Ruby King did a dashing preliminary ,for the Flying Hack Handicap, but appeared tq strike more than his share of trouble in the race. Both Star Ranger and Tussore ran in encouraging fashion in the Flying Hack Handicap, finishing close, up behind the placed horses. ' There is not a great deal.of Waetea, but she is game enough for a horse twice her size. Strongly handled by her trainer, W. Young, she finished, with great determination in the Flying Hack Handicap, after being not too well placed in the first three ■ furlongs. General Carrington, who won the principal fiat race at Gisborne on Saturday, finished a good second to Hyrax the week previous, following up that performance by being unplaced on the second day, on both occasions having ■ n. Gray in the saddle. General Carnngton, who on Friday last attained the dignity of being an aged horse, has been a. usciul performer, and last season had fourteen placed performances, including four wins He is a son of the now defunct Gazeley, from Cricium The O.J.C. liandicapper has paid Adjutor a rather pretty compliment iv awarding him lib short of 13 stone in the Hunters Hurdles at the C.J.O Meeting and assessing him "as 151b superior to Fireblighb over the small obstacles Grim Joke, meets both Adjutor and bwindassa on considerably better terms than was the case last Saturday and it is his name that takes the ey e at the nrst glance at the handicap. It was a wise decision to 'delay the publication of handicaps for this race until after (Saturday's Hunt Meeting. The ChWstchurch Hunt Club' should have, had a good "gate" on Saturday, as only the inside enclosure was open at charges of ss> for men and 2s 6d for ladios. "Added to this was the Is flat rate admission to the course. The latter sum did not buy- the - privilege to bet on the totalisator, so that practically everybody paid the major charge. There was some grumbling, but the racing public is a long-suffering one and patient unto a degree. ~ ■ ■'
Despite the fact that the Waverlev R..C. paid £3667 8s 2d to the Government in taxation, its annual, race meeting showed a good profit, so much- so that the bank overdraft was reduced by £2060. ,• . ... • * The success of Hector Gray on Hyrax in the Gisborne Hurdles has" caused the Taranaki writer "Historicus" to delve into the past to show that it is not a unique performance for a loading Hat raco jockey to take to riding over hurdles. He first refers to the . late Wally Clifford, and continues.:' "When Clifford first rode in New Zealand his art in tlie saddle was not readily noted, and, in 1882,' he rode Katerfelto to victory in fcho ' Grand National Steeplechaso at Riccarton, and it is worthy of note, that, big as the 'country; is today at Riccarton it was more formidable in the" 'eighties. As many sportsmen of to-day will remember, Clifford was a mighty rider on the flat. Coining down to more recent times, one may quote the case of W. Young, who, when nl his best (and ha waa a fmo rider 100, i.uid \yun rUJhig vyiiiiiufH in Dertijoa, Ciijijj, , jad^a^diiftp^ iy.uk ji^wt kmsvU U>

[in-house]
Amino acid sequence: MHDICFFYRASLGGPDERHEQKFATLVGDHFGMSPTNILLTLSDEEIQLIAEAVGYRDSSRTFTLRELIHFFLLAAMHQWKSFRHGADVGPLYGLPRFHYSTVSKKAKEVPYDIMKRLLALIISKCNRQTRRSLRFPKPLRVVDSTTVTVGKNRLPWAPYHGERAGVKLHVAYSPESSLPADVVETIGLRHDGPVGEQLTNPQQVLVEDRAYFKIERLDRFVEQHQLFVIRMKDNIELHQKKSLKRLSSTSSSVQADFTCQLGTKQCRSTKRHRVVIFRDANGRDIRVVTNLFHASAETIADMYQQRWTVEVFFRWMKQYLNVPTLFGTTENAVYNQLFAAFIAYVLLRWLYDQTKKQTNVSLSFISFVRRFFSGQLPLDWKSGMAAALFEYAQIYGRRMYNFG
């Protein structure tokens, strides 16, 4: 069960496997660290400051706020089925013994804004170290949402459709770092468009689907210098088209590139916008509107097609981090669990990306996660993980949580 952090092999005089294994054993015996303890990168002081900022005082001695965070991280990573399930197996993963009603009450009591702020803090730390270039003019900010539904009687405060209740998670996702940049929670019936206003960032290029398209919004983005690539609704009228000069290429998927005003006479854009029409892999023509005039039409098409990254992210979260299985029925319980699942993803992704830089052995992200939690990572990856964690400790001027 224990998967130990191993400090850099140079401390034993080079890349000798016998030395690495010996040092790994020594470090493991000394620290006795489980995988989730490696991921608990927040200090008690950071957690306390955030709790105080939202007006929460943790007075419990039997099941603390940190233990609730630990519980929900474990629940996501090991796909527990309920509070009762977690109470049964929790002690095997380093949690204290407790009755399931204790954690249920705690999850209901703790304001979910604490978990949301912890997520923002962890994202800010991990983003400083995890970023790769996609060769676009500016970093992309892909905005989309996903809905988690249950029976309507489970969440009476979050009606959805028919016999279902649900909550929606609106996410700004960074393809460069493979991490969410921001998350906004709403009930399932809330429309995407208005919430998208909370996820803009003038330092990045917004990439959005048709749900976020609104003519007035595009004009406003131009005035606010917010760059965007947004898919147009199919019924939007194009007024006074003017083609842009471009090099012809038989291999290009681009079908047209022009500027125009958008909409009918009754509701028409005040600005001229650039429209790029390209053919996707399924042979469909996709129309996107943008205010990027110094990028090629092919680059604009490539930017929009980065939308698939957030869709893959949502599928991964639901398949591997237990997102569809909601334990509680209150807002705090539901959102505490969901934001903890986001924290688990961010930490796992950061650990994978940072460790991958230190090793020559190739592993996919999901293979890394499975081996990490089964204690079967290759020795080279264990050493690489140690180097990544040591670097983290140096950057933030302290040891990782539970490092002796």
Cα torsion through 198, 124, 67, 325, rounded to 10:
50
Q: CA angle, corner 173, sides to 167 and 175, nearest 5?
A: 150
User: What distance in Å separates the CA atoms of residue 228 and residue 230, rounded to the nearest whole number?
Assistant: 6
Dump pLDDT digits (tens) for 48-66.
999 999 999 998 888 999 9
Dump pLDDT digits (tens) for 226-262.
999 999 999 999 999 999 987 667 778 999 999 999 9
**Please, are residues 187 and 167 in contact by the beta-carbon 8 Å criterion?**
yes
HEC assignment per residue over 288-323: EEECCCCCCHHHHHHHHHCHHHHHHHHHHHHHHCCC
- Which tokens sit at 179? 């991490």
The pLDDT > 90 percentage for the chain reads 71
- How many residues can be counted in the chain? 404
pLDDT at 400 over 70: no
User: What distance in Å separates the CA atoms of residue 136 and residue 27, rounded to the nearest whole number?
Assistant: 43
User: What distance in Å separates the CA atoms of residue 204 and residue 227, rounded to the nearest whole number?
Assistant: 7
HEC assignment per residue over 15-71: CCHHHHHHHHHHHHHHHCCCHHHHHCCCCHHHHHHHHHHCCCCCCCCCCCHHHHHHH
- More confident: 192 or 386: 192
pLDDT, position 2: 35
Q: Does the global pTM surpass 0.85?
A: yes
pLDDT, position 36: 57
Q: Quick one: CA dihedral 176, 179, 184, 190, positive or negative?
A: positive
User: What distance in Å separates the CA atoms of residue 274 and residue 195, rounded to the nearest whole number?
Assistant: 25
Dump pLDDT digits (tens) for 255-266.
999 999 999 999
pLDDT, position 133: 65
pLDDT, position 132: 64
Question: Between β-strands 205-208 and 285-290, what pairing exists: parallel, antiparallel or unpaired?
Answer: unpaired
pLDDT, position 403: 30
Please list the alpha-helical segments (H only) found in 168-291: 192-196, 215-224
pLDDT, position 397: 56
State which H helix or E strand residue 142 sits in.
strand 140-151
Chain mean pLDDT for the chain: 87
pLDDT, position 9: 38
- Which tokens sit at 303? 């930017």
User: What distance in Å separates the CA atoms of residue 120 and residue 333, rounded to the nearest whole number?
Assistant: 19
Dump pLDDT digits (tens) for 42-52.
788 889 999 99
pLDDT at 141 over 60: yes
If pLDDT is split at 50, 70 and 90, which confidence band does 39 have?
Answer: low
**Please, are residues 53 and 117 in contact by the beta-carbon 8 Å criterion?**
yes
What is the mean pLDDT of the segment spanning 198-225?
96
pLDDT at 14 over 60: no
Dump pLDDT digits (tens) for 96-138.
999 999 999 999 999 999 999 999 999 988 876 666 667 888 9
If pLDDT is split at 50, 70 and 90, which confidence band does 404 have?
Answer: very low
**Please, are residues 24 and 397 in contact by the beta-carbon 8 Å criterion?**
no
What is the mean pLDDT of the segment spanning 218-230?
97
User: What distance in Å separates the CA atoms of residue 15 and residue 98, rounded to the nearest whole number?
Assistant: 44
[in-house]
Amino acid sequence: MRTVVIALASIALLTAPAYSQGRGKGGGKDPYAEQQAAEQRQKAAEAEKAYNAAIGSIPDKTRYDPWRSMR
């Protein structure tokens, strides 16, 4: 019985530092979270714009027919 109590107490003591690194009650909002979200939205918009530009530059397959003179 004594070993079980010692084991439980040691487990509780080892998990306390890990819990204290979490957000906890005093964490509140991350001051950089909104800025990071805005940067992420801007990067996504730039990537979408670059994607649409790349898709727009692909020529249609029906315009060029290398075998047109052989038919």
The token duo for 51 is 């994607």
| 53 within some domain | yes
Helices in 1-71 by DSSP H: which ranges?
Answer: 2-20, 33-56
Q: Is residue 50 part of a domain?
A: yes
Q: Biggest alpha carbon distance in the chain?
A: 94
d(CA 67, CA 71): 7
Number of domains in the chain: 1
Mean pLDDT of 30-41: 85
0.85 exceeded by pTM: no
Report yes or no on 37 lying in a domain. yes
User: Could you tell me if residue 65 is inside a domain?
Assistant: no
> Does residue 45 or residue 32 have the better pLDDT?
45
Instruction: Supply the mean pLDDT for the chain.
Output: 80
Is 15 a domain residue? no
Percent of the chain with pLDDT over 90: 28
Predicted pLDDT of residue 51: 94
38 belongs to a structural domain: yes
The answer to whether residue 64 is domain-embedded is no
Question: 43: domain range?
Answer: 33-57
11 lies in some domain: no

vide in hurdle races and steeplechases, and his name is inscribed as having ridden the' winners of both the Grand National Steeplechase and Hurdles at the same meeting. I refer to 1910, in which year Young rode Te Arai in the Steeplechase and Paisano in the Hurdles. Young also won the Grand National Hurdle • Race on Shrapnel and Continuance: So altogether Young's record wjll take some equalling." Sansovino, the English Derby winner, gets his name from his dam Gondolette^ The original Sansovino was an architect responsible for many of tho beautiful buildings of Venice. Officer Kelly, a two-year-old gelding by Kilbroney from Thames, and trained at Flemington' by W. Jacobsou, is a likely starter in the l?ulham Park Plato in Adelaide on 16th August, states an exchange. The r,ace is the first for two-year-olds in 'Australia-or New Zealand. The question of when a mare is at her best for breeding has often been discussed, but there seems to be certainly no hard and fast rule. An Australian authority has discovered that on actual figures ten years is about the zenith, with nine nearly as good. The ten-year-old band include Cicero, Cragnour, Donovan, Sunstar, Florizel 11., Orme, Amphion, and Roi Herode, while the following were foaled when their dams were nine years old :•— Hurry On, Lemberg, Minoru, Pretty Polly, Sundridge, and Tagalie. Of the extremes Galopin, Thormanby, Tredennis, Marcovil, Spion Kop, and the present-day good colt Diophon are —or were—the progeny of old mares, while Bachelor^ Double, Eager, and Hampton were from mares four year? old at time of foaling.
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NOTES AND COMMENTS, Evening Post, Volume CVIII, Issue 31, 5 August 1924
NOTES AND COMMENTS Evening Post, Volume CVIII, Issue 31, 5 August 1924